The three relations
 R 0, 2, 4, 6,
(aka., 2N)
 R 0, 2, 4, 5, 6, 7, 8,
 R
, 2, 1, 0, 1, 2,
(aka., Z)

all satisfy the (above) specification!
_R ? Z
_R n _R n2
_R 0
rule1
axiom1
(0 ? _R) ? (? n ? _R ? n2 ? _R)
26Inductive Interpretation (?)
?
 A inference system

induces a function
 Definition
 lfp (least fixed point) least solution
_R ? Z
_R ? P(Z)
_R n _R n2
_R 0
axiom1
rule1
FR P(Z) ? P(Z)
From rel. to rel.
FR(R) 0 ? n2 n ? R
_even lfp(FR) ? FRn(Ø)
n
2N
?
F(Ø) 0
F2(Ø) F(0) 0,2
F3(Ø) F2(0) F(0,2) 0,2,4
?
?
Fn(Ø) Anything that can be proved in n steps
27Coinductive Interpretation (?)
 A relation ?

induces a function
 Definition
 gfp (greatest fixed point) greatest solution
_even ? Z
_even ? P(Z)
_even n _even n2
_even 0
axiom1
rule1
F P(Z) ? P(Z)
From rel. to rel.
F(R) 0 ? n2 n ? R
_even gfp(F) ? Fn(Z)
n
Z
?
F(Z) Z
F2(Z) F(Z) Z
?
?
F3(Z) F2(Z) F(Z) Z
Fn(Z) Anything that cannot be disproved in n
steps
28Exercise 1
291. Relations via Inf. Sys. (in Prolog)
 Purpose
 Learn how to describe relations via inf. sys. (in
Prolog)
30INTRODUCTION TO PROLOG (by example)
 Keywords
 Logicprogramming, Relations, Facts
Rules, Queries, Variables, Deduction,
Functors, Pulp Fiction )
31PROLOG Material
 We'll use the online material
"Learn Prolog Now!" Patrick
Blackburn, Johan Bos, Kristina Striegnitz, 2001
http//www.coli.unisaarland.de/kris/learnprol
ognow/
32Prolog
 A French programming language (from 1971)
 "Programmation en Logique" ("programming in
logic")  A declarative, relational style of programming
based on firstorder logic  Originally intended for naturallanguage
processing, but has been used for many different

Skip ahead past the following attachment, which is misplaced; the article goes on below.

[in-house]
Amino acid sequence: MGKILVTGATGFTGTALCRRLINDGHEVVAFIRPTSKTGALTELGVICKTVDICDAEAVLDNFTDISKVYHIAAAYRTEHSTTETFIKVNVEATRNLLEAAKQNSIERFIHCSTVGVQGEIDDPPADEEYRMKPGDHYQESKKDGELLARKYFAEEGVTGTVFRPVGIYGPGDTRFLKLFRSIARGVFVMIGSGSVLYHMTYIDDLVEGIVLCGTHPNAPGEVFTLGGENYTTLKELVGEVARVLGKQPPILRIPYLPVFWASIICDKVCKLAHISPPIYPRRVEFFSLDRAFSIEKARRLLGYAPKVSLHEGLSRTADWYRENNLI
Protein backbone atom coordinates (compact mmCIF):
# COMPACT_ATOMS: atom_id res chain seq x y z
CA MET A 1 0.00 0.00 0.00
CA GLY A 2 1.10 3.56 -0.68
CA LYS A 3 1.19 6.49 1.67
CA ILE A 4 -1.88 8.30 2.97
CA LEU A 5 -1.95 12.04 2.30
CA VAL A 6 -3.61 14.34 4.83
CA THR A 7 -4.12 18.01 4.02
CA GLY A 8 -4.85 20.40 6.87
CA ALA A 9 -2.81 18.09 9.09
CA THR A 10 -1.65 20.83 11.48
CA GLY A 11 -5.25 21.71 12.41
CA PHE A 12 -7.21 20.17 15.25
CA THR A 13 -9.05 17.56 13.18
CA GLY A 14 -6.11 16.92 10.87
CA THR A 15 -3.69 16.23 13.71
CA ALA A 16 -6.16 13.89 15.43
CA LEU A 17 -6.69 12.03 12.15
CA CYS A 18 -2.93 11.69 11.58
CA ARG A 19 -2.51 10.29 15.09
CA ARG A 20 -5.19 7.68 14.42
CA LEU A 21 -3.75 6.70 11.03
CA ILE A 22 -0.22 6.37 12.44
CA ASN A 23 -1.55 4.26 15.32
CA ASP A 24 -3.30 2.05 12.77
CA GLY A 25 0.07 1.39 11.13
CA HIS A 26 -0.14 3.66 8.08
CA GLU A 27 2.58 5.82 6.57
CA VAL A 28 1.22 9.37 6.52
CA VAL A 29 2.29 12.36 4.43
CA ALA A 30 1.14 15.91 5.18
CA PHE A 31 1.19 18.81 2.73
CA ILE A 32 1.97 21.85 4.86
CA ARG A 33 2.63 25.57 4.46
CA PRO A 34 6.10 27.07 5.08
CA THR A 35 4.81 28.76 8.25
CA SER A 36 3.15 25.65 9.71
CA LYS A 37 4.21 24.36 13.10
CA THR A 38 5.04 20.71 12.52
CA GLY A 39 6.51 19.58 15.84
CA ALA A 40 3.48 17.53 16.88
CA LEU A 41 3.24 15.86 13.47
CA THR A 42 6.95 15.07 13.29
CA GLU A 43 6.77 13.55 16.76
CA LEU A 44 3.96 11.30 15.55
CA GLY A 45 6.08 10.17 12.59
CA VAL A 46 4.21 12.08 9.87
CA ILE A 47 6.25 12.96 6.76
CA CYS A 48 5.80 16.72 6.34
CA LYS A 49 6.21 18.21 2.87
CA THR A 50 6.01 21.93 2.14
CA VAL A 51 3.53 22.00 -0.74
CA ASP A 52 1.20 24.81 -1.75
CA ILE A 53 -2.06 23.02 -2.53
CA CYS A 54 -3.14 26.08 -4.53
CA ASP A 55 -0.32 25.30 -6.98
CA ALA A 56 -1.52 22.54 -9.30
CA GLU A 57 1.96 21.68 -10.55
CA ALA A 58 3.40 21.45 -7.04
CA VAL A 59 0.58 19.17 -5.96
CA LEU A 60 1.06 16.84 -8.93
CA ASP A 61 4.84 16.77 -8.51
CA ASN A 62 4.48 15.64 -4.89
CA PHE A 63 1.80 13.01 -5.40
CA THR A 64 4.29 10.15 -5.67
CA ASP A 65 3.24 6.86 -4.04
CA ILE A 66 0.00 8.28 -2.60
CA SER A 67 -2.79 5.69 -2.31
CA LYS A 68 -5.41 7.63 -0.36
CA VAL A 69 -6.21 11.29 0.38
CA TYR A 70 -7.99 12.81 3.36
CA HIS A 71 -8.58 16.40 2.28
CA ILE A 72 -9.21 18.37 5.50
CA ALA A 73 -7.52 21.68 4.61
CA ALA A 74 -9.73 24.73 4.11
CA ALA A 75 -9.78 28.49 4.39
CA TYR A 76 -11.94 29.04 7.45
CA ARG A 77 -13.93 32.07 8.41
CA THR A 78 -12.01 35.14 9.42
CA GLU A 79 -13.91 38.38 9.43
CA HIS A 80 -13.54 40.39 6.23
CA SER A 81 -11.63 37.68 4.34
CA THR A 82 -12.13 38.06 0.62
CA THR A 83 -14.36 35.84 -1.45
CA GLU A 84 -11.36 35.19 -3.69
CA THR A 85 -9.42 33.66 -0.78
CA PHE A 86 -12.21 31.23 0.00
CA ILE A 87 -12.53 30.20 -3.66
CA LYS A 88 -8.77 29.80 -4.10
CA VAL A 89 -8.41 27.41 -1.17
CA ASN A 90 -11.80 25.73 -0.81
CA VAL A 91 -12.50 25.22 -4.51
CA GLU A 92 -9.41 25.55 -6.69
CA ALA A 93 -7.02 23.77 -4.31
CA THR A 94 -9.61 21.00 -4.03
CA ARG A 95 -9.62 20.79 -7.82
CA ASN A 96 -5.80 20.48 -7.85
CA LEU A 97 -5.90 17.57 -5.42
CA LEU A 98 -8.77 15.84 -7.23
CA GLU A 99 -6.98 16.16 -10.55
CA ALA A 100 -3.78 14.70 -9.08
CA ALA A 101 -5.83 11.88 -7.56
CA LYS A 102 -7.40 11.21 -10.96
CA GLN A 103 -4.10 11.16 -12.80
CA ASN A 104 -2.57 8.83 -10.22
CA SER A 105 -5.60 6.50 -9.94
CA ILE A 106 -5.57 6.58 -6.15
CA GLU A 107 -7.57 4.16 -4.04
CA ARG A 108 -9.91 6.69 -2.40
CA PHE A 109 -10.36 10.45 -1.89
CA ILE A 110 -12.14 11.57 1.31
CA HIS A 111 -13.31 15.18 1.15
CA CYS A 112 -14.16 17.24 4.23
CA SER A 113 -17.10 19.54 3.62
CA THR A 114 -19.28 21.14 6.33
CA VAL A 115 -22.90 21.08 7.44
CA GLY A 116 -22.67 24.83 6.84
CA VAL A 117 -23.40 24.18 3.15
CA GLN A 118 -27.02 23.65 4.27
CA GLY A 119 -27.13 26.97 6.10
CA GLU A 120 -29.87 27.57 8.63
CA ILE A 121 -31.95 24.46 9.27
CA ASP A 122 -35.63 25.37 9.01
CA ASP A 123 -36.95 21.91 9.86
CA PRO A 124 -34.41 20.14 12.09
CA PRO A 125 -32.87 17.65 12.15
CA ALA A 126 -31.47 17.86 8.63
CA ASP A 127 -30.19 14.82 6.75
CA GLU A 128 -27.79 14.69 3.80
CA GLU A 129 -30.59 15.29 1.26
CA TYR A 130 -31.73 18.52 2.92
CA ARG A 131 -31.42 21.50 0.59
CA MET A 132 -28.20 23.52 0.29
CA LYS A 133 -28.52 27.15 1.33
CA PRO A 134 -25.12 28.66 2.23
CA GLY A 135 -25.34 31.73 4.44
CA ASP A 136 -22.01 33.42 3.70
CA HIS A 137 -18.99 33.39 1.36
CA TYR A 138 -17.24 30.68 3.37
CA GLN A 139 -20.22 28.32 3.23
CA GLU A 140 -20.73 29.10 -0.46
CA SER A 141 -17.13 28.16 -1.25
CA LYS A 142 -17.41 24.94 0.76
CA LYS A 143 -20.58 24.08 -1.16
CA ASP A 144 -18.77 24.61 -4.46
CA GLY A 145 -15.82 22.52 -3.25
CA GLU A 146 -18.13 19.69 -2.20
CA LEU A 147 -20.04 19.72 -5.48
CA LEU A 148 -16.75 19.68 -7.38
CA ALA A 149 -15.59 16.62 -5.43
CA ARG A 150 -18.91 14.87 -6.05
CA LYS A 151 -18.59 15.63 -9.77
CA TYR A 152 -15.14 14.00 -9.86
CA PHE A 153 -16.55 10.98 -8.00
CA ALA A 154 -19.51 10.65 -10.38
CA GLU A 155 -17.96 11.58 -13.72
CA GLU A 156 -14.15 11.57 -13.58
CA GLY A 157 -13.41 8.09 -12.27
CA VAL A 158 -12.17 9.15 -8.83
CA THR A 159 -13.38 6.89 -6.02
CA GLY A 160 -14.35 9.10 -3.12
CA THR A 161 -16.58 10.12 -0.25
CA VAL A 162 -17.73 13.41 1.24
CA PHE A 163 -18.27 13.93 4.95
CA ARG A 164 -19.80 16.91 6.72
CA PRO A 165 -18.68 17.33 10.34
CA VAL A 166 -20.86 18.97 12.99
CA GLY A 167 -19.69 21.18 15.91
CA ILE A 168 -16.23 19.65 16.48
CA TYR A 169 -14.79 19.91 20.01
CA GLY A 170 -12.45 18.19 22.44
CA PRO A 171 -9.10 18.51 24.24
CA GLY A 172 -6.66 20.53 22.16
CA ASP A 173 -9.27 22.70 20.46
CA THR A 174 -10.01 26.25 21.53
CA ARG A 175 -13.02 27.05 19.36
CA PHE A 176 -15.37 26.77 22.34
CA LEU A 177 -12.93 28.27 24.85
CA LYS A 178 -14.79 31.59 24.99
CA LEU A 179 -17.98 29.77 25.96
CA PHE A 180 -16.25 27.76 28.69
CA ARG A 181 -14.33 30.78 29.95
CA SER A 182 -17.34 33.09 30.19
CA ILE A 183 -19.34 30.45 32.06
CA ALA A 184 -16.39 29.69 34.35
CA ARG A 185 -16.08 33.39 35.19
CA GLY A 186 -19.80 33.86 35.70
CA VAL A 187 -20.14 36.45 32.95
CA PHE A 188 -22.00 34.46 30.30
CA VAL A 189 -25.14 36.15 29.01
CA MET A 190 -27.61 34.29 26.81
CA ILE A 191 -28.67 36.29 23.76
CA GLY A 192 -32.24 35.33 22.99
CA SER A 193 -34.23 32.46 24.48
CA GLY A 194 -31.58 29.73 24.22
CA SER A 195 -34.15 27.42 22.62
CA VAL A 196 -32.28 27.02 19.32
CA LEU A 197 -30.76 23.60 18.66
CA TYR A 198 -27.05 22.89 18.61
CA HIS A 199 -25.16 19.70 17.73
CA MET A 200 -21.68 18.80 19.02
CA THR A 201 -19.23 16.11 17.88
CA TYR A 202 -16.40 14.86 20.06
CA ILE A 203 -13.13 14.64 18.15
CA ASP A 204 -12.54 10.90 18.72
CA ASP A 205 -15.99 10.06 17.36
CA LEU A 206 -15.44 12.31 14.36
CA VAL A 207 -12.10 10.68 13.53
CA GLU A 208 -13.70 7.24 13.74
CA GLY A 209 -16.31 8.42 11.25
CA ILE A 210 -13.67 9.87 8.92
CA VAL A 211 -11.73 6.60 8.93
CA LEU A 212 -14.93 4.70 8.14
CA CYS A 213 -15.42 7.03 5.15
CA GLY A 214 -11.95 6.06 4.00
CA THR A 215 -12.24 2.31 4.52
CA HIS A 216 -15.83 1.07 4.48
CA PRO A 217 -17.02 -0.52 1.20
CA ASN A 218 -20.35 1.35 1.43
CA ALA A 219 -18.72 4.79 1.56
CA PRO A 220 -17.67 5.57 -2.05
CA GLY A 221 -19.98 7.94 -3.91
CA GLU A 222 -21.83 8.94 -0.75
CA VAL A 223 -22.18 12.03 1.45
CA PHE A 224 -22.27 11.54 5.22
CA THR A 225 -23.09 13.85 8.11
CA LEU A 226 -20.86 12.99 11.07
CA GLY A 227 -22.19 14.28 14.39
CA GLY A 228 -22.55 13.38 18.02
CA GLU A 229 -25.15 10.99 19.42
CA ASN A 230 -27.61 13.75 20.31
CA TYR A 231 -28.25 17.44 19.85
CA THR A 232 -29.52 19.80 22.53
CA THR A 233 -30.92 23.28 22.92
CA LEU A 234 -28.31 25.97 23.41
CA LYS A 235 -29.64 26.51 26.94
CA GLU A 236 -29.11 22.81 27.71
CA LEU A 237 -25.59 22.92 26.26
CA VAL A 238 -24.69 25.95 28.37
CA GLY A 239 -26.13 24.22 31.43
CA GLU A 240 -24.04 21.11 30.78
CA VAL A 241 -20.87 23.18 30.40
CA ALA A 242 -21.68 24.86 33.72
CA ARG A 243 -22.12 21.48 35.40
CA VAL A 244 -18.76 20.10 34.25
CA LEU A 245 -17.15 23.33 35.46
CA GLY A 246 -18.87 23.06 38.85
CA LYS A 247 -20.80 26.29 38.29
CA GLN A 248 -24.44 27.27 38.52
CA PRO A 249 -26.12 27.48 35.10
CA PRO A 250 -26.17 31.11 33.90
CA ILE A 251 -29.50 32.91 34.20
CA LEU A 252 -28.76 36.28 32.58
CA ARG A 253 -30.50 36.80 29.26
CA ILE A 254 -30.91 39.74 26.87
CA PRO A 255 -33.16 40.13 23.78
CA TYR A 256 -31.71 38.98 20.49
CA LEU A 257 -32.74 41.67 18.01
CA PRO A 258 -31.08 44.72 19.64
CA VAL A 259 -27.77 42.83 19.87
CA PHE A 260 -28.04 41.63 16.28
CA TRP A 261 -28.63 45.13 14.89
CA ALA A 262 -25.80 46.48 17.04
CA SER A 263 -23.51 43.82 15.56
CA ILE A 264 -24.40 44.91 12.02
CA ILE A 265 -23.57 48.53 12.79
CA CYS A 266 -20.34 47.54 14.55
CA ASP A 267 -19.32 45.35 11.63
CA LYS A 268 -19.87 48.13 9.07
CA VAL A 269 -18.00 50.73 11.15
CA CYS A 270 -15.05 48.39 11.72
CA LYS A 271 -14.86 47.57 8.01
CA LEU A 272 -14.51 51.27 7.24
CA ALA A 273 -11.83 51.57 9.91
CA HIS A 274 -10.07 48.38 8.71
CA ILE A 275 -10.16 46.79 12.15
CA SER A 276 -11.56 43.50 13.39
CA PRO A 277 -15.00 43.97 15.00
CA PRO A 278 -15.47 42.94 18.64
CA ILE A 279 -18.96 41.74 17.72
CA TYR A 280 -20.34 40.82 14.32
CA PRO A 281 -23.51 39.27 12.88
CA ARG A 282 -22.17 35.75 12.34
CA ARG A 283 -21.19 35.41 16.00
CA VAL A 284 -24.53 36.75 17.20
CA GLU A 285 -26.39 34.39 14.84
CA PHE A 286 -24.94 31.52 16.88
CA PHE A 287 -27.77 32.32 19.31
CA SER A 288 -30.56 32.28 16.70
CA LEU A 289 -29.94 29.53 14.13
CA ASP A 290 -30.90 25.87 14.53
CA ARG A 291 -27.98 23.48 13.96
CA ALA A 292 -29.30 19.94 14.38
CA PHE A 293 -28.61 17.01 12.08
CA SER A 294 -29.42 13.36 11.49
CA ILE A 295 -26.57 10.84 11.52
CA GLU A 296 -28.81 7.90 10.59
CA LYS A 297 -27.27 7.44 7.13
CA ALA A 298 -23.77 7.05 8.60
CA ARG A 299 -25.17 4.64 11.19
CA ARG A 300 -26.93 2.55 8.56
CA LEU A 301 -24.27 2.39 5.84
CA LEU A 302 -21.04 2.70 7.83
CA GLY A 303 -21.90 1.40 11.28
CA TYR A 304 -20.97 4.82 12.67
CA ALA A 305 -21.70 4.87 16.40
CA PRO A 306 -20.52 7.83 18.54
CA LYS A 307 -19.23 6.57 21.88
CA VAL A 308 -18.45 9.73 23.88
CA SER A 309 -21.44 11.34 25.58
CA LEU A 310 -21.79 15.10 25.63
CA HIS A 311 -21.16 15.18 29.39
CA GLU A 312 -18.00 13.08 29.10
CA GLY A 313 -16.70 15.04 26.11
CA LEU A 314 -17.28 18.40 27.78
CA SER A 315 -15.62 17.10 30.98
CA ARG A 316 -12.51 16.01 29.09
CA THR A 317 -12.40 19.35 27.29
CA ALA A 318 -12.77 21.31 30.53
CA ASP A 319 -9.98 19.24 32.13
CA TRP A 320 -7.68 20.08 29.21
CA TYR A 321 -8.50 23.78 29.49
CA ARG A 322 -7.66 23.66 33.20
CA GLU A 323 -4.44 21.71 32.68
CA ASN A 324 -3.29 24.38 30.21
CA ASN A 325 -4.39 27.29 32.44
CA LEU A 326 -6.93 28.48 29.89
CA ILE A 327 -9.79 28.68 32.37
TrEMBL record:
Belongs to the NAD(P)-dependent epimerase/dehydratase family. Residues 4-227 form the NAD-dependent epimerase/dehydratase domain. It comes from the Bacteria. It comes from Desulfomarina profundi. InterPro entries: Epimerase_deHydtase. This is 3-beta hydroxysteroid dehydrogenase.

purposes (esp. for programming artificial
intelligence).  The programmer writes a "database" of "facts" and
"rules"  e.g.
 The user then supplies a "goal" which the system
attempts to prove deductively (using resolution
and backtracking) e.g., witch(girl).
 FACTS  female(girl). floats(duck). sa
meweight(girl,duck).
 RULES  witch(X)  burns(X) ,
female(X). burns(X)  wooden(X). wooden(X) 
floats(X). floats(X)  sameweight(X,Y) ,
floats(Y).
33Operational vs. Declarative Programming
 Operational Programming
 The programmer specifies operationally
 how to obtain a solution
 Very dependent on operational details
 Declarative Programming
 The programmer declares
 what are the properties of a solution
 (Almost) Independent on operational details
 C  Java  ...
 Prolog  Haskell  ...
PROLOG "The programmer describes the logical
properties of the result of a computation, and
the interpreter searches for a result having
those properties".
34Facts, Rules, and Queries
 There are only 3 basic constructs in PROLOG
 Facts
 Rules
 Queries (goals that PROLOG attempts to prove)
"knowledge base" (or "database")
Programming in PROLOG is all about writing
knowledge bases. We use the programs by posing
the right queries.
35Introductory Examples
 Five example (knowledge bases)

from "Pulp Fiction"
 ...in increasing complexity
 KB1 Facts only
 KB2 Rules
 KB3 Conjunction ("and") and disjunction ("or")
 KB4 Nary predicates and variables
 KB5 Variables in rules
36KB1 Facts Only
 KB1
 Basically, just a collection of facts